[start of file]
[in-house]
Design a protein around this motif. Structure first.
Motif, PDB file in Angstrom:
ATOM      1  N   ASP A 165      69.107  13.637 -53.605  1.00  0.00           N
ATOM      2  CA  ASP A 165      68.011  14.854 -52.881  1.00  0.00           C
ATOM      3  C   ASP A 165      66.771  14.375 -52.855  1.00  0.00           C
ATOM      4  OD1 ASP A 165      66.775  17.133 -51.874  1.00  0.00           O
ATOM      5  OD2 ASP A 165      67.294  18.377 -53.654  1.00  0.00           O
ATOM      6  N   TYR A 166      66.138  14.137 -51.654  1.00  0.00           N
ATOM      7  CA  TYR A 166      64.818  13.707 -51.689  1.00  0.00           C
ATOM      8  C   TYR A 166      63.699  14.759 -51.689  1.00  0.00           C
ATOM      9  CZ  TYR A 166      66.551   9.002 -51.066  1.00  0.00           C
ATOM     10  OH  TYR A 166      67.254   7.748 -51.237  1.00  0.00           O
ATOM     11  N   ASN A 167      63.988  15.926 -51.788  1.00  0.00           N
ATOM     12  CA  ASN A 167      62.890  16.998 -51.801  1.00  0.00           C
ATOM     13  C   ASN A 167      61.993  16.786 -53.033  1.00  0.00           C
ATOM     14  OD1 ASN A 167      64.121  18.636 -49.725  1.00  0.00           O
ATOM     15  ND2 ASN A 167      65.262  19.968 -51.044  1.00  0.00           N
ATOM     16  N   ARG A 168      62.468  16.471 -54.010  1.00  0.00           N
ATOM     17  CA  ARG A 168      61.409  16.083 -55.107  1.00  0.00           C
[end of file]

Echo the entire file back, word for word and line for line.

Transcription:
[in-house]
Design a protein around this motif. Structure first.
Motif, PDB file in Angstrom:
ATOM      1  N   ASP A 165      69.107  13.637 -53.605  1.00  0.00           N
ATOM      2  CA  ASP A 165      68.011  14.854 -52.881  1.00  0.00           C
ATOM      3  C   ASP A 165      66.771  14.375 -52.855  1.00  0.00           C
ATOM      4  OD1 ASP A 165      66.775  17.133 -51.874  1.00  0.00           O
ATOM      5  OD2 ASP A 165      67.294  18.377 -53.654  1.00  0.00           O
ATOM      6  N   TYR A 166      66.138  14.137 -51.654  1.00  0.00           N
ATOM      7  CA  TYR A 166      64.818  13.707 -51.689  1.00  0.00           C
ATOM      8  C   TYR A 166      63.699  14.759 -51.689  1.00  0.00           C
ATOM      9  CZ  TYR A 166      66.551   9.002 -51.066  1.00  0.00           C
ATOM     10  OH  TYR A 166      67.254   7.748 -51.237  1.00  0.00           O
ATOM     11  N   ASN A 167      63.988  15.926 -51.788  1.00  0.00           N
ATOM     12  CA  ASN A 167      62.890  16.998 -51.801  1.00  0.00           C
ATOM     13  C   ASN A 167      61.993  16.786 -53.033  1.00  0.00           C
ATOM     14  OD1 ASN A 167      64.121  18.636 -49.725  1.00  0.00           O
ATOM     15  ND2 ASN A 167      65.262  19.968 -51.044  1.00  0.00           N
ATOM     16  N   ARG A 168      62.468  16.471 -54.010  1.00  0.00           N
ATOM     17  CA  ARG A 168      61.409  16.083 -55.107  1.00  0.00           C